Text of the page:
Forge Psychology: Value Investor Turned Day Trader

I like to think I'm pretty well wired for value investing. A natural inclination to go against the crowd and an absence of emotion tend to combine well.

But I have a couple of idiosyncrasies that cost us from time to time.

First, I don't like pinching other people's ideas. That's dumb – other people pinch plenty of mine. But I just don't get the same enjoyment out of buying someone else's idea as I do from adding our own propriety idea to the portfolio. So I tend to shy away from them.

Second, not all profits are equal.

This is the way it is supposed to work. We find an unloved idea. We do a few weeks research. We buy the stock and we sit there and wait for the value to become evident to everyone else. We argue with management if necessary. We get lawyers involved if we have to. And then three years down the track we reap the profits and sit back content with the hard work we've done.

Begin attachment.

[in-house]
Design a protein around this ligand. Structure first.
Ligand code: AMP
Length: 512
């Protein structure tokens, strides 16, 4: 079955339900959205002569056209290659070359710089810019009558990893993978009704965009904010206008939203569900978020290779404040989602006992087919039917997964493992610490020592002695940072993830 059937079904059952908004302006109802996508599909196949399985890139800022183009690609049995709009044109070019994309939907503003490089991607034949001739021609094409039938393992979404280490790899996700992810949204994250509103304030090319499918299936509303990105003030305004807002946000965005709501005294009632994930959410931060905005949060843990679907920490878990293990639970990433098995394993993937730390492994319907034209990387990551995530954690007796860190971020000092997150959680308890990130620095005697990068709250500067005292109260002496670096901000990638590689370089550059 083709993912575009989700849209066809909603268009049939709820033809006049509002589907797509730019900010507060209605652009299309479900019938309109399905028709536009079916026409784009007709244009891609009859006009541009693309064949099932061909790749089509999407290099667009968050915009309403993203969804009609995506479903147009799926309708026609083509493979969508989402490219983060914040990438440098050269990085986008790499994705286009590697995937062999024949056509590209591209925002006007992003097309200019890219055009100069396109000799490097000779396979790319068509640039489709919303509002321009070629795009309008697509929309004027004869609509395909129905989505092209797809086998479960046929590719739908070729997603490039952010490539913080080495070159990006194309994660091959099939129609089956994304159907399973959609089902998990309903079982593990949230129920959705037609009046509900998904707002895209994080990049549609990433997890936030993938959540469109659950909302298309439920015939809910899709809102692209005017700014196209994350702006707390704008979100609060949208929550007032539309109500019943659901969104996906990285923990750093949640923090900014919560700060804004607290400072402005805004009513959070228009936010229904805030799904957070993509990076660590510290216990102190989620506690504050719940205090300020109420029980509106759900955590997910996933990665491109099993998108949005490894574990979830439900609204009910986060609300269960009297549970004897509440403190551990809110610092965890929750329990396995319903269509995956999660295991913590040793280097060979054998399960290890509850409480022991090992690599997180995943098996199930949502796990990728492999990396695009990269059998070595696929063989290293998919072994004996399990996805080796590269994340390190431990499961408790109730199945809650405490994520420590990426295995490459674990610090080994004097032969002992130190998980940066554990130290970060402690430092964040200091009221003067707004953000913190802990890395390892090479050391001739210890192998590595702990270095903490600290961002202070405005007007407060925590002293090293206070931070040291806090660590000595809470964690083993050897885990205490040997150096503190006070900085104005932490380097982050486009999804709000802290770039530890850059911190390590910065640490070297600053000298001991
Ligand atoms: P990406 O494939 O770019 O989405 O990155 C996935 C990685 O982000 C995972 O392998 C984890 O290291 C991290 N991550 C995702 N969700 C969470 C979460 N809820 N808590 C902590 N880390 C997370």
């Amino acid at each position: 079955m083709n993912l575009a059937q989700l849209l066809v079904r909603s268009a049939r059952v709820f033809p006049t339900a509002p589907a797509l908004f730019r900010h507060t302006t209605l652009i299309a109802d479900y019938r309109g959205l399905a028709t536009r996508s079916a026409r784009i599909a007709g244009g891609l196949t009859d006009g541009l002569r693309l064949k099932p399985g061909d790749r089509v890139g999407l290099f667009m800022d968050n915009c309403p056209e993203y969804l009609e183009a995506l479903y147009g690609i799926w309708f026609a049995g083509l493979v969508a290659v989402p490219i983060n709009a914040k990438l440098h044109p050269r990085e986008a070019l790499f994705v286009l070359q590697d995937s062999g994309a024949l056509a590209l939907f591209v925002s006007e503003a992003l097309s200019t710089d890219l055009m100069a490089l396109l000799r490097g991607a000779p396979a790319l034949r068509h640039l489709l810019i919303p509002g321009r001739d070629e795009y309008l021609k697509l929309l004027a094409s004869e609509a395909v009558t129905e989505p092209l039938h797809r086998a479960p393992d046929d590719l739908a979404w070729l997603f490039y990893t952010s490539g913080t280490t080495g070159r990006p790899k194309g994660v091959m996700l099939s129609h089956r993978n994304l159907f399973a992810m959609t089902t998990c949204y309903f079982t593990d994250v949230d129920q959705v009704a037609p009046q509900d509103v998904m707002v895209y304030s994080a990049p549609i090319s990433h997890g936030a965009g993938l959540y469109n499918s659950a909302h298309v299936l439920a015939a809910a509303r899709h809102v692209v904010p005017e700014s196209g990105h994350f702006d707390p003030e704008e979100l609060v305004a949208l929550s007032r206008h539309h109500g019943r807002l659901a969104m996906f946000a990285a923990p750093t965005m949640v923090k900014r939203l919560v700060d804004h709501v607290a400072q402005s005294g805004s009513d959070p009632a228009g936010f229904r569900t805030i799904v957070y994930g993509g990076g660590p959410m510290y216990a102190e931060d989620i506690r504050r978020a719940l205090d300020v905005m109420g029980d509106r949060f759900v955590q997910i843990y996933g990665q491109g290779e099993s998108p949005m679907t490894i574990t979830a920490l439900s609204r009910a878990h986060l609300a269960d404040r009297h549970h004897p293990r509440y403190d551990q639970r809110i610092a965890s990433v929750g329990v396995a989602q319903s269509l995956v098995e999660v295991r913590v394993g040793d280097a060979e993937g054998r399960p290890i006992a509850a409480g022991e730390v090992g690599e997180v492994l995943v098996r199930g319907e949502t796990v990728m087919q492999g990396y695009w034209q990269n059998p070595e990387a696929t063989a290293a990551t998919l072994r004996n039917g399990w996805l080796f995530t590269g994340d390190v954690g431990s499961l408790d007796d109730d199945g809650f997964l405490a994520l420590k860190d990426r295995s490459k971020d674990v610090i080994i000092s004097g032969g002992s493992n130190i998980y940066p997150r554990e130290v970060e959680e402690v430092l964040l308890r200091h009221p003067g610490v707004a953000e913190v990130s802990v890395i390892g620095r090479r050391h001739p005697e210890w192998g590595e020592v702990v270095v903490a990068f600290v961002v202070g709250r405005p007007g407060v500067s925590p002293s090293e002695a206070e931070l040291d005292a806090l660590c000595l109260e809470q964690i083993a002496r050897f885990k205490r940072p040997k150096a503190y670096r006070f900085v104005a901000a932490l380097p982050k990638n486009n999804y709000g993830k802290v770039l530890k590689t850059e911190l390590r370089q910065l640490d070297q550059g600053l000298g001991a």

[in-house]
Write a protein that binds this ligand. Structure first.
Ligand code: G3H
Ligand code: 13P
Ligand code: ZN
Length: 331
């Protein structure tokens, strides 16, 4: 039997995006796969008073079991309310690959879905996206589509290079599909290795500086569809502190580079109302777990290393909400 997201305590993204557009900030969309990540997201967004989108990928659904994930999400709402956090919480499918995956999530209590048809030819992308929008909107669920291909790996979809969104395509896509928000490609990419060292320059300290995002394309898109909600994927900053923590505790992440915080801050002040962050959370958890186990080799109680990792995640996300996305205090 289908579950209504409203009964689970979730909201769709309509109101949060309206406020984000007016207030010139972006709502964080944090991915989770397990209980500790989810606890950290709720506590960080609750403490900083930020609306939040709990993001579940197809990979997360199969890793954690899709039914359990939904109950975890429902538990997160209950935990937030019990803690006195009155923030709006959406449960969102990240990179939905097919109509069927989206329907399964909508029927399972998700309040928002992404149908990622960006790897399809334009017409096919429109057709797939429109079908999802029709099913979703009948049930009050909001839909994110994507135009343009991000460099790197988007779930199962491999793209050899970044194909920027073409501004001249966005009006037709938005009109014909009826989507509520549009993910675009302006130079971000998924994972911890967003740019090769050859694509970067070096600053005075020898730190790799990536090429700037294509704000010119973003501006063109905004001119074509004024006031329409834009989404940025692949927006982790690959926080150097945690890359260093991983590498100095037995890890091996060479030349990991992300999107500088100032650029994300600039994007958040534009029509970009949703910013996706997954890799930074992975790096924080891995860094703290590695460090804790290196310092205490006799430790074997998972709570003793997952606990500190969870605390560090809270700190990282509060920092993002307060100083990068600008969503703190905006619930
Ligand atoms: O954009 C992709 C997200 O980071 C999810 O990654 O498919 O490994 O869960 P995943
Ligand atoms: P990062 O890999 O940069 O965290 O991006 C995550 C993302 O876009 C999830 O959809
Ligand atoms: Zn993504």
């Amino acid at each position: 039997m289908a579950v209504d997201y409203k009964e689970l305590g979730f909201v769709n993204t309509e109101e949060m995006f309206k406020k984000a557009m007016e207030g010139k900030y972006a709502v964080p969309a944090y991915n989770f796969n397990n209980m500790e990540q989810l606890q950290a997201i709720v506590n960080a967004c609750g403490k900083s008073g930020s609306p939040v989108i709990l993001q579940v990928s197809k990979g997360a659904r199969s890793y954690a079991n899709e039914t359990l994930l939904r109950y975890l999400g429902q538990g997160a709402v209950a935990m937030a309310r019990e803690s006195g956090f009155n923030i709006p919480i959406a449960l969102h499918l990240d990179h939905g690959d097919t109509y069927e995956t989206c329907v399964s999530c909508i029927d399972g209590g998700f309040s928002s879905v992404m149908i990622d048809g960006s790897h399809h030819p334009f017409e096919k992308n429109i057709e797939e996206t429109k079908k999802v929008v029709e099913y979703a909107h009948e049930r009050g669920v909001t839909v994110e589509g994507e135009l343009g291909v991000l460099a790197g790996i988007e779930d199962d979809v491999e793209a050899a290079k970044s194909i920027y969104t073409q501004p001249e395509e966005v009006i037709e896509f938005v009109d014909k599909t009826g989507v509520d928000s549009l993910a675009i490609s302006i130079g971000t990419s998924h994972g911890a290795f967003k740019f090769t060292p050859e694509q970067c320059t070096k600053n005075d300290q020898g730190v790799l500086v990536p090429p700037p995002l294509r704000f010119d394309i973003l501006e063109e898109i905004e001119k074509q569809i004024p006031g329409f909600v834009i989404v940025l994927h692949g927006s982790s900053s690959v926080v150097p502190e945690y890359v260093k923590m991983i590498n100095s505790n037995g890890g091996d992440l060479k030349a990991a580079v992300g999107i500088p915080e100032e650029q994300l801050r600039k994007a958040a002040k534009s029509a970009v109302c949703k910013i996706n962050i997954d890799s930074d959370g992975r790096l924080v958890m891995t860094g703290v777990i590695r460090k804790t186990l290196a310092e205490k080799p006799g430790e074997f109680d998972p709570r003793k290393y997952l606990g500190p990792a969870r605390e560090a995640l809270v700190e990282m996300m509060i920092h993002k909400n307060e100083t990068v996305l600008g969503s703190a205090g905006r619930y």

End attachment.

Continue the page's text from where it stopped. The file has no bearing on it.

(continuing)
So what happens if a stock doubles or triples within three weeks of owning it?

We sell it, of course. The stock is no longer cheap and we just realised what we hoped to realise over three years in the space of a few weeks. What's wrong with that?

Nothing, of course. We've made money and should be happy. But I just don't get the same satisfaction out of the short profit. It's a bit like a tennis shot that hits the net and drops just onto my opponent's side of the court. I won the point, but I don't feel like I deserved it.

The stock that made me think about this is Forge Group. In December we bought it and sold it twice. The average holding duration was about a week and we added 1.7% to the Value Fund's net asset value.

Profitable for sure. But hardly traditional value investing is it?

*We've written a few pages on mining services for the December Quarterly Report. It will be available next week.

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